I'm programming a physics simulation and have the air pressure impact the movement of rigid bodies in the system.
I know how to (approximately, both for simplicity and performance) specify bodies' impacts on air flow and vice versa, but I don't know how to model the passive airflow.
My current approach is to sum the near pressures multiplied by a gauss-curve function to account for the distance between the examined points and then normalise the new values to keep total air pressure in the system unchanged. Then next step is multiplying calculated value by some factor $0<k<1$ and multiplying the old pressure by $1-k$. The sum of those two numbers is then used as the updated air pressure value at that point.
This sort of looks okay, but I'm certain is terribly wrong (mathematically). I know that simulating fluid dynamics is a very complex and difficult task, so I'm okay having reduced mathematical model, but I would nevertheless like to make it more realistic.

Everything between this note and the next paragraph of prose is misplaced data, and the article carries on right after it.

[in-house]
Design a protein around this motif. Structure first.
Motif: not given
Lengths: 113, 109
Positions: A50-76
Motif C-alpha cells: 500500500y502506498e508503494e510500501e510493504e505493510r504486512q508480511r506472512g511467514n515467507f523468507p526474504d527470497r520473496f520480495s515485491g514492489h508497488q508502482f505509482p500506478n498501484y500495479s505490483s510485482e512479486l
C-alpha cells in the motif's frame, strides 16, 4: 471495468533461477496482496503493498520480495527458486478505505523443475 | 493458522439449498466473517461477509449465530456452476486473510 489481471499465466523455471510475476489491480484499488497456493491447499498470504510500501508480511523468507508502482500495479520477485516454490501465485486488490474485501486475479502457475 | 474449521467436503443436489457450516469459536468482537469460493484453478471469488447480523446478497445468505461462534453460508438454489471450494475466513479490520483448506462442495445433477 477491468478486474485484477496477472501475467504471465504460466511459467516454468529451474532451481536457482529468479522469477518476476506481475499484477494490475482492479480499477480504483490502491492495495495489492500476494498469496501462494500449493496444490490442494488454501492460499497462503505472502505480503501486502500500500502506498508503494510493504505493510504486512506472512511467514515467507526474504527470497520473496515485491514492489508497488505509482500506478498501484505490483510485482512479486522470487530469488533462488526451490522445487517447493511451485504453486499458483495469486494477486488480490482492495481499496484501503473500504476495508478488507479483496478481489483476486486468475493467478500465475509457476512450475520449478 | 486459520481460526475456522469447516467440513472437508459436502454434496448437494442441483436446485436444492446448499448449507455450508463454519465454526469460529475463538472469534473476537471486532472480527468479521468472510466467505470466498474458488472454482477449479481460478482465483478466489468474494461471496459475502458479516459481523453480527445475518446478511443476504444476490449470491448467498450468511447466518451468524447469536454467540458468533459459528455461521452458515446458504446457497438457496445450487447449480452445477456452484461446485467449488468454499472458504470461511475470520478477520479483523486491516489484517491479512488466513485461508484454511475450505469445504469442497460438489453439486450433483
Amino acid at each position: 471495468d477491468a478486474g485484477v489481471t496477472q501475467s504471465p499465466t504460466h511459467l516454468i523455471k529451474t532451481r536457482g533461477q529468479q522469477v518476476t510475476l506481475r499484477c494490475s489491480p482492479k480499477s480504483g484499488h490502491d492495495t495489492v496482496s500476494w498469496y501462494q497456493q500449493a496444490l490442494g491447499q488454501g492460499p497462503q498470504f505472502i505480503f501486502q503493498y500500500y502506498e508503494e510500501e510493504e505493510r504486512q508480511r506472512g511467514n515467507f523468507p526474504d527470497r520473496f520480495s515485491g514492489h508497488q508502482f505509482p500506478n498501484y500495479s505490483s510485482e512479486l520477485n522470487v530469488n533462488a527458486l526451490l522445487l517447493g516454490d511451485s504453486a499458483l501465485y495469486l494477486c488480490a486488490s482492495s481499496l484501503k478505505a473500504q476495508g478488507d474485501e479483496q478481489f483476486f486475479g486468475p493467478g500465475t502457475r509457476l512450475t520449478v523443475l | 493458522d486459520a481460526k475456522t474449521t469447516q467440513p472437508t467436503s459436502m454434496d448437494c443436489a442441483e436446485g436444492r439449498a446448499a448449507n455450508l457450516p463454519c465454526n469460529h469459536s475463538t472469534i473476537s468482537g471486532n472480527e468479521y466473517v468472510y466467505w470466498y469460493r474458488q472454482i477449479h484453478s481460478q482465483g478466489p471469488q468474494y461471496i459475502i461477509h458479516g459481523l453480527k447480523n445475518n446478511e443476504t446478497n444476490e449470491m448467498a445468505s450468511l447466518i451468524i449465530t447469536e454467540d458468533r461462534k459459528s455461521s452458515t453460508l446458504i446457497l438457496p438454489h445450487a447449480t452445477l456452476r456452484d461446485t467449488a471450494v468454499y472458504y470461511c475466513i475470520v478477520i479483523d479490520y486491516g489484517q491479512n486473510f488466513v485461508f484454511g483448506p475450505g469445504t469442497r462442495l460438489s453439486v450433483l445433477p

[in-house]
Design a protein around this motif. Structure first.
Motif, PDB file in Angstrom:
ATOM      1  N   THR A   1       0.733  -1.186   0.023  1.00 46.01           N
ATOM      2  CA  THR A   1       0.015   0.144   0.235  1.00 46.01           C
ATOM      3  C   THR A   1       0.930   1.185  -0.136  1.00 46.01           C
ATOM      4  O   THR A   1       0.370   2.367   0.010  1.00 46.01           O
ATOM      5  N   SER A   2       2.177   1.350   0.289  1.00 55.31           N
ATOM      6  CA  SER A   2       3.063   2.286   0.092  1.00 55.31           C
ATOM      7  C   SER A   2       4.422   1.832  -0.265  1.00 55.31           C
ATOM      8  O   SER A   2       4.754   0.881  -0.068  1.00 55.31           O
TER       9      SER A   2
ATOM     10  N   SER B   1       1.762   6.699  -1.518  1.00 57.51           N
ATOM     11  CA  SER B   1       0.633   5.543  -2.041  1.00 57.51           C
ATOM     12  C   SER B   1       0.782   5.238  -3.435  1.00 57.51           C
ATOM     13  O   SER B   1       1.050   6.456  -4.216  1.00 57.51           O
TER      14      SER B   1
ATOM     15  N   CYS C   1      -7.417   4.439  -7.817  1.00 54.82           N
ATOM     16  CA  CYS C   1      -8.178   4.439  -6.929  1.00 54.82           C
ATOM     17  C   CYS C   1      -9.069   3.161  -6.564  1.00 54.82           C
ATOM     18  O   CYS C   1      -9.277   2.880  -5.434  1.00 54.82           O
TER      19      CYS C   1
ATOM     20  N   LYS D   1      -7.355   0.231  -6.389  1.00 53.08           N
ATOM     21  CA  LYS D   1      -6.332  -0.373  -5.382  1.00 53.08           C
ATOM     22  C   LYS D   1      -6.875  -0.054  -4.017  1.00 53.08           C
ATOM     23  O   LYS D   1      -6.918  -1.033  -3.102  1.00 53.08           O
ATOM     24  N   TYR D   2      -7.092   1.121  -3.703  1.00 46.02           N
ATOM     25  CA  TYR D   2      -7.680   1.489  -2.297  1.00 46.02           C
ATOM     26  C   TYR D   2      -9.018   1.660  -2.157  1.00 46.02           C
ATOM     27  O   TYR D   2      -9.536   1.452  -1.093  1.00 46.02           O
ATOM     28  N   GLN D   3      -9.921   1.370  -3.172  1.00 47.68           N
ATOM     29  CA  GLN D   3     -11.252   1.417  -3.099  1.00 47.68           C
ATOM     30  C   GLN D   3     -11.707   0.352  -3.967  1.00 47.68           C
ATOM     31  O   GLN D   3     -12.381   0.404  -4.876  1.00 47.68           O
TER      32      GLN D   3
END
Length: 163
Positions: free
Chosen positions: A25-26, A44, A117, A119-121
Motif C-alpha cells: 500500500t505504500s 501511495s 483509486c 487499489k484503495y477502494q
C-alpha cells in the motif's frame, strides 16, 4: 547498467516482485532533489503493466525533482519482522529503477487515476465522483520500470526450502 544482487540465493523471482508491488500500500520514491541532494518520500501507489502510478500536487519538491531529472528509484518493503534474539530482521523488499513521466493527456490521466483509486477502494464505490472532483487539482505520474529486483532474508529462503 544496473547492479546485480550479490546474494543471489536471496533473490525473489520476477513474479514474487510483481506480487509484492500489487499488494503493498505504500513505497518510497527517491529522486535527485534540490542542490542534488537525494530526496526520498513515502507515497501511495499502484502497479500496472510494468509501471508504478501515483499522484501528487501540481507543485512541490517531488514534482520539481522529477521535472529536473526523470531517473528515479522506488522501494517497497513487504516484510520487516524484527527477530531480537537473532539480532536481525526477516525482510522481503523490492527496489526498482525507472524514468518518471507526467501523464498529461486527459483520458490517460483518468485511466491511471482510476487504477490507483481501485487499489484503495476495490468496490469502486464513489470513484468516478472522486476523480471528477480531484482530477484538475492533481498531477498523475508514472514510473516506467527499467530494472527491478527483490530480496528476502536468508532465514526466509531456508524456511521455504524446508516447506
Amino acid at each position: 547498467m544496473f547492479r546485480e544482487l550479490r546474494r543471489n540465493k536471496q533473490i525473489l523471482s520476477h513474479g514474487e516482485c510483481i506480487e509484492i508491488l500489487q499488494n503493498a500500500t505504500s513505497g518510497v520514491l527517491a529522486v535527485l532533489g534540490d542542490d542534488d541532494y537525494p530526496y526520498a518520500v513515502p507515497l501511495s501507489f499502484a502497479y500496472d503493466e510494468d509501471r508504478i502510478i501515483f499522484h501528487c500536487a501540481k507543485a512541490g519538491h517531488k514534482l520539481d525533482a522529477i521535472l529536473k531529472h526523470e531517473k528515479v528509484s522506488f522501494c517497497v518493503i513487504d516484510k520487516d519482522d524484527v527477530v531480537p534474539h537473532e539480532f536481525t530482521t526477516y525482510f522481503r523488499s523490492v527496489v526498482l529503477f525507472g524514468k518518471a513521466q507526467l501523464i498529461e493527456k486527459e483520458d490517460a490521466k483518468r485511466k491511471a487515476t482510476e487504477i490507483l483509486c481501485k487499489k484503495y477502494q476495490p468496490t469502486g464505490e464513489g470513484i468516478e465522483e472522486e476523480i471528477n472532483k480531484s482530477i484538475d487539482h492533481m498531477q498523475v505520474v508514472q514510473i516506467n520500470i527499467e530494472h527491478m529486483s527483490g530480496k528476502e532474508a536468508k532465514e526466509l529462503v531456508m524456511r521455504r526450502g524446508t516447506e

Is there a (relatively small :) ) set of equations which is enough to approximately describe the dynamics of airflow through which I could model physically realistic air diffusion in a closed system?
Edit: I'm simulating a cuboid domain. Here's an example - red is high and blue is low relative air pressure:
Note that this is a single state render. Artefacts and apparent changes in particular positions are side effects of conversion to .gif and compression to allow the upload.
Air inflow, outflow and movement caused by rigid objects in the scene cause increases in air pressure in one location and decreases in the other. I am having problems defining the model which would equalise the air pressure over time.